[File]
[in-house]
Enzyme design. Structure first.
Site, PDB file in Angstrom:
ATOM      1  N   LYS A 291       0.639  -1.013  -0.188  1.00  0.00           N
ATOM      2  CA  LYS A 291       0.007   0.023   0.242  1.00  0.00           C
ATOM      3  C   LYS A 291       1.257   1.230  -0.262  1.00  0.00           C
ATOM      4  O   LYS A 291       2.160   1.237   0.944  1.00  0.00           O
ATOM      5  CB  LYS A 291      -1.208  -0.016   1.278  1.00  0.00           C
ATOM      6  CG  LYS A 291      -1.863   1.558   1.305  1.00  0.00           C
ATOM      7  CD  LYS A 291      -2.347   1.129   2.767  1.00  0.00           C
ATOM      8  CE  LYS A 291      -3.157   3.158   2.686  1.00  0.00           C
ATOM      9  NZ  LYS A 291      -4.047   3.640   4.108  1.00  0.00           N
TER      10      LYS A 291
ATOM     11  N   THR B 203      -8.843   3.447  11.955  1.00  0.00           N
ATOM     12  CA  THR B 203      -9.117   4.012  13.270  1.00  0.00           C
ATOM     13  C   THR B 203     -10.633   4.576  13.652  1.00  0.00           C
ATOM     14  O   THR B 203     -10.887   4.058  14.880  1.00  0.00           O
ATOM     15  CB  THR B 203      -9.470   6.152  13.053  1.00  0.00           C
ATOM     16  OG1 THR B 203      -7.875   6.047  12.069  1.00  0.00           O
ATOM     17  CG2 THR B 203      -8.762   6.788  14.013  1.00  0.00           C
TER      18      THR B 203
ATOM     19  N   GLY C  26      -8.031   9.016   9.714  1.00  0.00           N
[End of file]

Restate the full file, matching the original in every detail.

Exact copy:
[in-house]
Enzyme design. Structure first.
Site, PDB file in Angstrom:
ATOM      1  N   LYS A 291       0.639  -1.013  -0.188  1.00  0.00           N
ATOM      2  CA  LYS A 291       0.007   0.023   0.242  1.00  0.00           C
ATOM      3  C   LYS A 291       1.257   1.230  -0.262  1.00  0.00           C
ATOM      4  O   LYS A 291       2.160   1.237   0.944  1.00  0.00           O
ATOM      5  CB  LYS A 291      -1.208  -0.016   1.278  1.00  0.00           C
ATOM      6  CG  LYS A 291      -1.863   1.558   1.305  1.00  0.00           C
ATOM      7  CD  LYS A 291      -2.347   1.129   2.767  1.00  0.00           C
ATOM      8  CE  LYS A 291      -3.157   3.158   2.686  1.00  0.00           C
ATOM      9  NZ  LYS A 291      -4.047   3.640   4.108  1.00  0.00           N
TER      10      LYS A 291
ATOM     11  N   THR B 203      -8.843   3.447  11.955  1.00  0.00           N
ATOM     12  CA  THR B 203      -9.117   4.012  13.270  1.00  0.00           C
ATOM     13  C   THR B 203     -10.633   4.576  13.652  1.00  0.00           C
ATOM     14  O   THR B 203     -10.887   4.058  14.880  1.00  0.00           O
ATOM     15  CB  THR B 203      -9.470   6.152  13.053  1.00  0.00           C
ATOM     16  OG1 THR B 203      -7.875   6.047  12.069  1.00  0.00           O
ATOM     17  CG2 THR B 203      -8.762   6.788  14.013  1.00  0.00           C
TER      18      THR B 203
ATOM     19  N   GLY C  26      -8.031   9.016   9.714  1.00  0.00           N